What I’ve Learned About Gossip

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We all know we shouldn’t gossip, yet there is something about human nature that seems to make it impossible to resist. Perhaps it is the need for validation and comradery or maybe it’s just anger and frustration. Whatever the case, we are all guilty at times of engaging in this destructive habit that can sweep through relationships like a category 5 hurricane, destroying friendships, slandering innocent people, creating strife and division, and generally leaving chaos, disorder and devastation in it’s wake.Over the years, I have learned many things about gossip and slander, although I’m quite certain that I still have miles to go. I want to share some of these lessons with you in hopes that others may benefit from my experience. This list is by no means exhaustive and I’m sure that in the years to come, it will expand more than I can imagine.
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1. Don’t Assume Anything
The person who tells one side of a story seems right, until someone else comes and asks questions.  (Proverbs 18:17, NCV)
We’ve all been here, right? A friend comes to us with an iron-clad case against someone they are angry with. We listen to all of the scandalous details and come to a conclusion about the situation. Most often, we sympathize with the friend telling the story and become outraged with the accused. What we seldom realize, though, is that when we judge a situation, of which we have no first-hand knowledge, we have already made many assumptions.We have assumed that our friend has told us the whole story and been completely honest.Often, we have assumed that our past experiences with the accused are indicative of the current situation. Sometimes, this will prove to be true – i.e. a person’s character seldom varies from situation to situation, yet we are still assuming without actually knowing. Additionally, not only are there times when a situation departs from the norm, but people can and do change, so it is not fair to judge someone based on their past.The number of assumptions that we make without realizing it can be significant, and yet, there is really no way to judge a situation fairly unless and until we have done a thorough investigation, heard both sides of the story and taken everything into account and even then, as every parent well knows, very often it will still be impossible to determine the truth.This is why our judicial system is set up the way it is in America with a police investigation in the case of a criminal trial, attorneys for both sides in order to ensure that the whole story is told, a judge to keep things fair and balanced and a jury that has to come to a unanimous decision before the accused is convicted and punished. Even with these checks and balances, there are still times when innocent people are convicted and the guilty go free.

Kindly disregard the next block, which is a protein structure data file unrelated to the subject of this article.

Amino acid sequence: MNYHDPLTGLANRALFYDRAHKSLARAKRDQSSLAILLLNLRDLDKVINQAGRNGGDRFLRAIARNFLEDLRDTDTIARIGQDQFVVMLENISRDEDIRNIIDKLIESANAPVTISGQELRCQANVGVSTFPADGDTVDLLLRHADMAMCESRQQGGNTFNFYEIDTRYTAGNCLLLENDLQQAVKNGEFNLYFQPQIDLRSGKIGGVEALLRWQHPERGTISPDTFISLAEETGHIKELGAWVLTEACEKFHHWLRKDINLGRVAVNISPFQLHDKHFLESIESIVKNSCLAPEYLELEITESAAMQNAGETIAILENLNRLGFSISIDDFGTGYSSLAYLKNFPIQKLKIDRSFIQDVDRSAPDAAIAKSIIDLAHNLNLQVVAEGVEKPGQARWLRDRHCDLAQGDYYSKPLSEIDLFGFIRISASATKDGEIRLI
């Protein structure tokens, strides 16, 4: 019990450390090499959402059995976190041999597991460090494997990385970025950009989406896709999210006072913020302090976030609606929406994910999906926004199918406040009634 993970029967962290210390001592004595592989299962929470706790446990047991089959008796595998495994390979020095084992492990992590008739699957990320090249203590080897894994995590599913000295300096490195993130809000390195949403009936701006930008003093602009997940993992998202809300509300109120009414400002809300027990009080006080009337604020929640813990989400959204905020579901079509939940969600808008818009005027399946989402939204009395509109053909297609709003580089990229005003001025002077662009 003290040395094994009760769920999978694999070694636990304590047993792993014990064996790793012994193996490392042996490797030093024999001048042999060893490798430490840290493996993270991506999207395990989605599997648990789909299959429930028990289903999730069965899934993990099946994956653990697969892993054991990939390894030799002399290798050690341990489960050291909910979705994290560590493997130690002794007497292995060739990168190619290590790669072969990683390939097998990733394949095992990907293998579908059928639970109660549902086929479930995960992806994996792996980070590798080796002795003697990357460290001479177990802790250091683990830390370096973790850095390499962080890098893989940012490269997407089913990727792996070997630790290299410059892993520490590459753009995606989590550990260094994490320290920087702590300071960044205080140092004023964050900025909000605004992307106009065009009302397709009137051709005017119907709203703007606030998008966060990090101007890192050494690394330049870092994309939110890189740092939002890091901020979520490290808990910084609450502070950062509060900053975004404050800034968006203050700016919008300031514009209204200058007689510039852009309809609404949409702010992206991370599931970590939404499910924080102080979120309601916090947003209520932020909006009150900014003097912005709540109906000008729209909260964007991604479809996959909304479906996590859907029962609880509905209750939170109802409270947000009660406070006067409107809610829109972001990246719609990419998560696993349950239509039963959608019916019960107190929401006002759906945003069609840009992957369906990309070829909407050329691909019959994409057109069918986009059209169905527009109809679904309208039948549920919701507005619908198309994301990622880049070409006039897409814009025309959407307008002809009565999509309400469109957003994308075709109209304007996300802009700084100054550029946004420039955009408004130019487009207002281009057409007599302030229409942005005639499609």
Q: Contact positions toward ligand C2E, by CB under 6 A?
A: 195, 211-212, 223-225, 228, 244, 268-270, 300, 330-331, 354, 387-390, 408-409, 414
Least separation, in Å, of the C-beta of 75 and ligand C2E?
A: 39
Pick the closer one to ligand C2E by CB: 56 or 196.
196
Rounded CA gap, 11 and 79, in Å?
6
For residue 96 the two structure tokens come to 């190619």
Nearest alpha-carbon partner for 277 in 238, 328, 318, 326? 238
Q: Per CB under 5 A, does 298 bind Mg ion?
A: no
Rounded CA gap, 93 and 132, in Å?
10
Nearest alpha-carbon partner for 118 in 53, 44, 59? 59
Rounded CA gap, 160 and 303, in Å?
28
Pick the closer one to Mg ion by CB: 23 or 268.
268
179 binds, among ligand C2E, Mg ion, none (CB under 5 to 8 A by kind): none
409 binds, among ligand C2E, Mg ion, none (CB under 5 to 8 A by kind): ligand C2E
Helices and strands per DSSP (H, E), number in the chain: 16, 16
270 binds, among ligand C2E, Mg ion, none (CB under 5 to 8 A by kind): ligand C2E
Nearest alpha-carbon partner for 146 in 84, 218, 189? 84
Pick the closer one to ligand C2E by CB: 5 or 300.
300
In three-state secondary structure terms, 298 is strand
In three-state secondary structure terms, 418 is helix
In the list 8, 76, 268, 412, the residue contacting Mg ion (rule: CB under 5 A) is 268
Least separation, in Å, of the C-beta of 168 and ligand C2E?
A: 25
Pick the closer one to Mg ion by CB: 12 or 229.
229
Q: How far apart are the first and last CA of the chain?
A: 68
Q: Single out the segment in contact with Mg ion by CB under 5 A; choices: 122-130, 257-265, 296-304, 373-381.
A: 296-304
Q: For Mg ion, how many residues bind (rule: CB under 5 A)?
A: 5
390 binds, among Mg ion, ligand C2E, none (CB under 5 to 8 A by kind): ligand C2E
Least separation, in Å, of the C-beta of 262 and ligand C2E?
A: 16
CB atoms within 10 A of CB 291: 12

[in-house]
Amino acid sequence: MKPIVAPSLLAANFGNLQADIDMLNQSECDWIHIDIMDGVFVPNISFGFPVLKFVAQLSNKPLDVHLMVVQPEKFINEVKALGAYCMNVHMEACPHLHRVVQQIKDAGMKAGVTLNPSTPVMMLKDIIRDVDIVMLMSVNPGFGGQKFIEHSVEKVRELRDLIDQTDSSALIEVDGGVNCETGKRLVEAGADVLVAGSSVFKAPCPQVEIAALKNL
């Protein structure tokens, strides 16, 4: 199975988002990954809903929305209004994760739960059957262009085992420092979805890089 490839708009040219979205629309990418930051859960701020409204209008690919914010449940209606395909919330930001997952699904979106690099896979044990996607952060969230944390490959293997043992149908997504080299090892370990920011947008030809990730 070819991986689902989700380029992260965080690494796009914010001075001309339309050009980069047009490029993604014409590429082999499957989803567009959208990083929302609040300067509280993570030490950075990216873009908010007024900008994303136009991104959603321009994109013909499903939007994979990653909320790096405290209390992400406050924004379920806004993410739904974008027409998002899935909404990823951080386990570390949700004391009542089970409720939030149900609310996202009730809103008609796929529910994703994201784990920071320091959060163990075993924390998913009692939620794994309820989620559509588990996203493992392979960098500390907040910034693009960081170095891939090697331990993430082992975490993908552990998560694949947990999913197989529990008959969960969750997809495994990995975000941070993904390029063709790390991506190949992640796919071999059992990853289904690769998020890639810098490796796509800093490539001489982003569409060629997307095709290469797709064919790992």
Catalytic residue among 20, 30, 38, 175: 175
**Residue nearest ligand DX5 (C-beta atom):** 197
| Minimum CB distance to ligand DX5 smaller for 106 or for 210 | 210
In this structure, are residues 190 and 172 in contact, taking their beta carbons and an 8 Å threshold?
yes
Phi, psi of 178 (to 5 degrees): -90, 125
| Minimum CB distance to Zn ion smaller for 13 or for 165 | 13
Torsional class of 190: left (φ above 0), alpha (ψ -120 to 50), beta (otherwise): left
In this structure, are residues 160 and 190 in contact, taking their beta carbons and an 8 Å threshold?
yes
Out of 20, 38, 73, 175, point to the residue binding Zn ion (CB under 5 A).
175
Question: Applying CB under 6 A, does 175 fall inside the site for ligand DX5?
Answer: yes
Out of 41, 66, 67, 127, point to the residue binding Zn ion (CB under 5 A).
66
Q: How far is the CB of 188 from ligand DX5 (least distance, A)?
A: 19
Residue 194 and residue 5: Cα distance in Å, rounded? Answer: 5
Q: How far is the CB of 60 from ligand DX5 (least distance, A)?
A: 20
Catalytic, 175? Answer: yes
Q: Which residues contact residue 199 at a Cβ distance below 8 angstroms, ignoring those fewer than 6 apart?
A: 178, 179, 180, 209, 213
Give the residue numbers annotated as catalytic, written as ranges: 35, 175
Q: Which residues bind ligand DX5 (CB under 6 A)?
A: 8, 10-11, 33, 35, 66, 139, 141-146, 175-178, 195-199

2. Don’t allow your emotional baggage to influence your attitude toward the accused

We’ve all been through difficult circumstances in our lives. We’ve been hurt, used, taken advantage of, and neglected. It started for most of us in elementary school and only got worse with age. I was always told that once I got out of high school and into the real world, things would be better. Well, that is most definitely not the case.

People are people. Some hurt us intentionally and some unintentionally. There are cruel people, evil people, and then there are the rest of us. We try our best, but sometimes we just don’t think and others are hurt because of it. We go on with our lives, having no idea that there are some in our past that are carrying their own emotional baggage because of our negligence, thoughtlessness or even a complete misunderstanding, over which we had no control.

Because of all of this pain lying below the surface, when someone gossips to us about something that resonates with that pain, we relate to it and we believe it without ever finding out the other side of the story. Sometimes we are judging someone we know and other times we are judging a stranger. Either way, it is unfair and we would do better to just stay out of it all together.